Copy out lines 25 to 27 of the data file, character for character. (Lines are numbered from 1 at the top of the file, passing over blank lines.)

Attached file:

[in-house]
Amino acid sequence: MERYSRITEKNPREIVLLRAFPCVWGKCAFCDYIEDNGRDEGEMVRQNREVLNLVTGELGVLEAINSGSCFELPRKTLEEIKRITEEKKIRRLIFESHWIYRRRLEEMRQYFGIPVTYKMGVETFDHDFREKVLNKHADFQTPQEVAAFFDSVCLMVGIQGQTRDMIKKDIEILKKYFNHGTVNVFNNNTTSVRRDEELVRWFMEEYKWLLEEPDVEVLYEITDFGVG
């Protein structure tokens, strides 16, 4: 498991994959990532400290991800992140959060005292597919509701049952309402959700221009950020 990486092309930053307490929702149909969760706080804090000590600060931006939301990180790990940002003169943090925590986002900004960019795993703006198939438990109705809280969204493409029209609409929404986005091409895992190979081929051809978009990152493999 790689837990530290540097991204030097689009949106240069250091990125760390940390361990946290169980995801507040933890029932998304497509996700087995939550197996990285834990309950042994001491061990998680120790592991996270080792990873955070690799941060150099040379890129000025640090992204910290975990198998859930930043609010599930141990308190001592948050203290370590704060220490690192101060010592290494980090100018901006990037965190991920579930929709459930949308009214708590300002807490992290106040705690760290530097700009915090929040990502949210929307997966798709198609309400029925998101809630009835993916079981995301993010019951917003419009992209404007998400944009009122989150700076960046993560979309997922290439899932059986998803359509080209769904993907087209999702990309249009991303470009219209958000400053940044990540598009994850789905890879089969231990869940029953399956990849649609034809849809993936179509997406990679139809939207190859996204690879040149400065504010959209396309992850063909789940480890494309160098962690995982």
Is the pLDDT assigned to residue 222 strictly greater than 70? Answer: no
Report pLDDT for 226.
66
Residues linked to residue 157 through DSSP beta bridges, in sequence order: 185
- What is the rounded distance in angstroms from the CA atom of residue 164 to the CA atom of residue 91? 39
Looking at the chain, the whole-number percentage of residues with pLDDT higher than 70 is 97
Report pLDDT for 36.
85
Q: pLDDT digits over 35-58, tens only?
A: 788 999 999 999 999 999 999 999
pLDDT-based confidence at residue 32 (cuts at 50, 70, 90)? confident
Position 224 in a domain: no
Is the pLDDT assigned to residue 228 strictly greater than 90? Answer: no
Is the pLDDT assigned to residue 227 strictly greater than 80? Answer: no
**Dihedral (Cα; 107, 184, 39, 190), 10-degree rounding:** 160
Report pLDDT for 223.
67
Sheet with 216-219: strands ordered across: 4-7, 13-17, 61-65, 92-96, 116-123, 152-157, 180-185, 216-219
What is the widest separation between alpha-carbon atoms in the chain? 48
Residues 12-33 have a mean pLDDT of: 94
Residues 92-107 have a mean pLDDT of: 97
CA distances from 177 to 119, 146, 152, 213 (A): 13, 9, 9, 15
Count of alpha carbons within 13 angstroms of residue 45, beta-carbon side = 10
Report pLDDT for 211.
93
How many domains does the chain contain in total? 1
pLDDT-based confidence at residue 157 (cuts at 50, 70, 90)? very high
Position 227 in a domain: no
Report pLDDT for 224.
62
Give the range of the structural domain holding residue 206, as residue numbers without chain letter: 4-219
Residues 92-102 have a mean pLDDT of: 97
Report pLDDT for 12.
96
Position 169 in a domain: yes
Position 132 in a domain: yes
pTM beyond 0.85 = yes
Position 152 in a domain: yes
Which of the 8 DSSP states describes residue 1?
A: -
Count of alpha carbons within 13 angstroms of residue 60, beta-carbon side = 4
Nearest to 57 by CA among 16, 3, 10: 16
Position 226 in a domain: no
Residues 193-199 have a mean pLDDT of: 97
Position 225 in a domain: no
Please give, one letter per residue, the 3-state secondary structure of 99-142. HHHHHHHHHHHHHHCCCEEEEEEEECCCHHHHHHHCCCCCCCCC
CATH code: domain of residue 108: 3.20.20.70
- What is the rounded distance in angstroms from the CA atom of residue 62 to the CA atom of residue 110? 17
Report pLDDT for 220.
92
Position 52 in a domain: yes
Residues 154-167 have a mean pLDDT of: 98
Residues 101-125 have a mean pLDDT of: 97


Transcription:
CA distances from 177 to 119, 146, 152, 213 (A): 13, 9, 9, 15
Count of alpha carbons within 13 angstroms of residue 45, beta-carbon side = 10
Report pLDDT for 211.